Dispassionate analysis of social and political problems is what is needed to build a better society. Thirty Moroccan youth activists seize the chance, in the process moving the author, who meanwhile finds himself drawn into the country’s language wars.
Putting the bubbles back in Perrier
Early this year I attended an event in London which included a panel of young activists from countries across the MENA region. One of them was a vastly bearded, cheery and articulate Egyptian salafi from the al-Nour Party. Someone asked him from the back of the room, “Tell me honestly, did your party have any policies when it went into the elections?” With a seraphic smile and a shrug of his shoulders the whiskery young Egyptian replied, “Truthfully, No.”
That seems to me to be the predicament of the MENA region right now – a sudden rush of new actors in politics and society, but no tools. You can make revolutions without policy, but it’s close to impossible to build a better politics and a better society in the same vacuum. This is perhaps why the new regimes of the region, for all their radical rhetoric, seem often to be going on governing with little but the same set of visceral political assumptions as their autocratic predecessors, one pharaoh stepping into another’s shoes.
So about a year ago the British Council here in Morocco put together a project designed to teach young people ‘policy analysis.’ I find this phrase slightly daunting, and what we were actually trying to teach was how to think dispassionately and analytically about social and political problems: how to assemble evidence, test hypotheses, write convincing policy scenarios and then communicate them effectively. We did this with partnership from RIIA Chatham House, superb training input from Niccolo Milanese of European Alternatives, and funding both from the British Council and the Foreign Office’s Arab Partnership Initiative.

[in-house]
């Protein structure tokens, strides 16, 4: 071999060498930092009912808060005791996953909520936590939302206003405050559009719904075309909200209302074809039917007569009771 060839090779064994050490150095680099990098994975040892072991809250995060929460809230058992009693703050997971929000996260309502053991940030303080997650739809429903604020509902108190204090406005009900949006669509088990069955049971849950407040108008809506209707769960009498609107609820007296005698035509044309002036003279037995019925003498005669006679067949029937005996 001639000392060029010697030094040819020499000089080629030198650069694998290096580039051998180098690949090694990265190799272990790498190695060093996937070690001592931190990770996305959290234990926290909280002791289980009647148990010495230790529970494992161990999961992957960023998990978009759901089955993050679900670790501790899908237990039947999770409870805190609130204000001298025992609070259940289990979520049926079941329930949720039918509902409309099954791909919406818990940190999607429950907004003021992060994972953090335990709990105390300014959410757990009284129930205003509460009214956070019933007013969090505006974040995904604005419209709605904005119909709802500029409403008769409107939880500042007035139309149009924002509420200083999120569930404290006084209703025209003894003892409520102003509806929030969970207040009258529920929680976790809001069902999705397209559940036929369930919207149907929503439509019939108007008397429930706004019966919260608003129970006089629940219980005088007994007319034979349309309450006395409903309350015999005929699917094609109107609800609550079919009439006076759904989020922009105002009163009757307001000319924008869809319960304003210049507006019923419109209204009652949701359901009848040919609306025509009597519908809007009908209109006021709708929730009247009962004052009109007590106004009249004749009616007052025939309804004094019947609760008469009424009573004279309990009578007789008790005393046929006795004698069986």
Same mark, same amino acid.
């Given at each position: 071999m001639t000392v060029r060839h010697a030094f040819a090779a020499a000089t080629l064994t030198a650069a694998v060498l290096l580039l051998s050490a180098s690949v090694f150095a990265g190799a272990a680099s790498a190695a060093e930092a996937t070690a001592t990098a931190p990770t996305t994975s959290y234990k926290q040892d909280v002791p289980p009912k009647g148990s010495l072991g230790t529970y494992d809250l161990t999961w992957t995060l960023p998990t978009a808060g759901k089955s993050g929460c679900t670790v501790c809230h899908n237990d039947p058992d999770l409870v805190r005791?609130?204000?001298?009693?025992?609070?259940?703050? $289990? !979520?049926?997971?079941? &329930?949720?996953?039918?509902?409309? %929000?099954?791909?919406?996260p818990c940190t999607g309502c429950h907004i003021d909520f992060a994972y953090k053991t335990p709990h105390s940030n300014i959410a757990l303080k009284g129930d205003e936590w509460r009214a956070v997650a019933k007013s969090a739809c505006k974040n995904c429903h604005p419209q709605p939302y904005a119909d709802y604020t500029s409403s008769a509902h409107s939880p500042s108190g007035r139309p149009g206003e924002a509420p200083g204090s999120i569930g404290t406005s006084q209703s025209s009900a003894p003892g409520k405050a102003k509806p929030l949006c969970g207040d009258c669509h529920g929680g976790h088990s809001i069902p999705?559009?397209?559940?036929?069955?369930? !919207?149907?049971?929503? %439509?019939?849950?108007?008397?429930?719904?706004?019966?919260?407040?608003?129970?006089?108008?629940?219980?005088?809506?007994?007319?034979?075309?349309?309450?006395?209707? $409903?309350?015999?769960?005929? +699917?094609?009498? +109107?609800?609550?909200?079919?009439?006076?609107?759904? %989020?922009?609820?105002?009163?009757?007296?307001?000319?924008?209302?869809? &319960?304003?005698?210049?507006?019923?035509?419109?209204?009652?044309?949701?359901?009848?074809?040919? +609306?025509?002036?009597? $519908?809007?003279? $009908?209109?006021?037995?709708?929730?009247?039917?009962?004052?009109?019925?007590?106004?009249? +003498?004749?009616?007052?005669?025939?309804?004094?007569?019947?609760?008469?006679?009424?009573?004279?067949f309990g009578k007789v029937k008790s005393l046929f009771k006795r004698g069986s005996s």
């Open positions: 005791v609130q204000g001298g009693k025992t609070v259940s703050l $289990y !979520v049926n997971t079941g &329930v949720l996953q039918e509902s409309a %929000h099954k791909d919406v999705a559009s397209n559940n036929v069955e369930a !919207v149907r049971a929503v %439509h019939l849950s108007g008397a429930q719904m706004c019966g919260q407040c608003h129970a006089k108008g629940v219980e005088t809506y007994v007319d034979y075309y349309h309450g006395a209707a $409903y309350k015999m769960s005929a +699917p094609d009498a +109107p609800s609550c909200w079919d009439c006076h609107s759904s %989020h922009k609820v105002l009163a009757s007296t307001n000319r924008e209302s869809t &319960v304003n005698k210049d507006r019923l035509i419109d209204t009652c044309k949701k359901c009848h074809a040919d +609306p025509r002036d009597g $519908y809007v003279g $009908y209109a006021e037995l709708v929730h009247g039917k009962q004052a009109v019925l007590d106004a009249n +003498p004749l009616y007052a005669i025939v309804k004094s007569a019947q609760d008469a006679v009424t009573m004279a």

About half the young people involved were Moroccan (well, we had the idea and found the money!), and the other half came from countries across the region – Algeria, Tunisia, Jordan and Egypt. They sweated it out at policy boot-camps in Mohammedia, Tunis, Rabat and by the Dead Sea in Jordan. Between times they worked with mentors in their own countries, and with each other in transnational teams, on policy briefs, researching and outlining policy options in areas of their choice.
It wasn’t all easy going, and the learning curve was steep. One of the key issues – back to the young Egyptian I mentioned above – was the difference between policy and politics. Since the distinction exists in neither Arabic nor French, both of which use the same word for each of the pair of concepts, this was a tricky issue, and we found ourselves discussing it for many weeks. But at last, there came a point, just when we were beginning to despair (as in all good fairy stories), when one by one the distinction became clear and was internalized, and after that progress was fast. The subtext of the whole project, of course, was empowerment, and here it came.
The analogy that struck me was the way Perrier water is treated at Source Perrier: first of all the bubbles are extracted, in an arcane and puzzling process for which I have no rational explanation; and then after the water (or perhaps the bubbles) have been scrubbed, they are put back together again. What we were up to was similar. The results, along with all the technical skills that have been acquired, the confidence, the assurance and the determination to make a difference, are amazing. We can see the shape of a policy-driven politics, a real novelty for most of the region’s politicians; and a desperately needed elixir.
Last night we met to present the project one year on. One of the presenters, Asmaa Fakhoury, was asked by a slightly pugnacious questioner about her reactions to Revolution – how, the questioner asked, could intelligent young people not engage with the revolutionary impulse? How could they accept the way the Moroccan constitution was jobbed through its approval process? Well, said Asmaa (and I’m paraphrasing her from memory) that may be so, I don’t know. But what we are trying to do is something very different: it’s to get away from passion and noise in politics; and to try to assemble evidence-based recommendations for measured, rational, effective change. Only that way can commitment be translated into powerful, engaged, intelligent action.
Tremendous! That was when I realized we had done something rather special. And when I say ‘we’ I don’t mean the British Council, or our partners. I mean the group of 30 or so young people from across the region and – last night in particular – the dozen-and-a-half young Moroccans.
I never expected (not in my wildest dreams) to find policy analysis emotional – but last night as I listened to the presentations, and the mature, enormously impressive handling of questions and answer, I felt that we had set something in motion that is already striding off into the future; a small but astonishingly effective contribution to the reintegration of politics and policy in this country and in the region. We have watched the creation of a small, high-impact organization which we shall soon be proud to partner.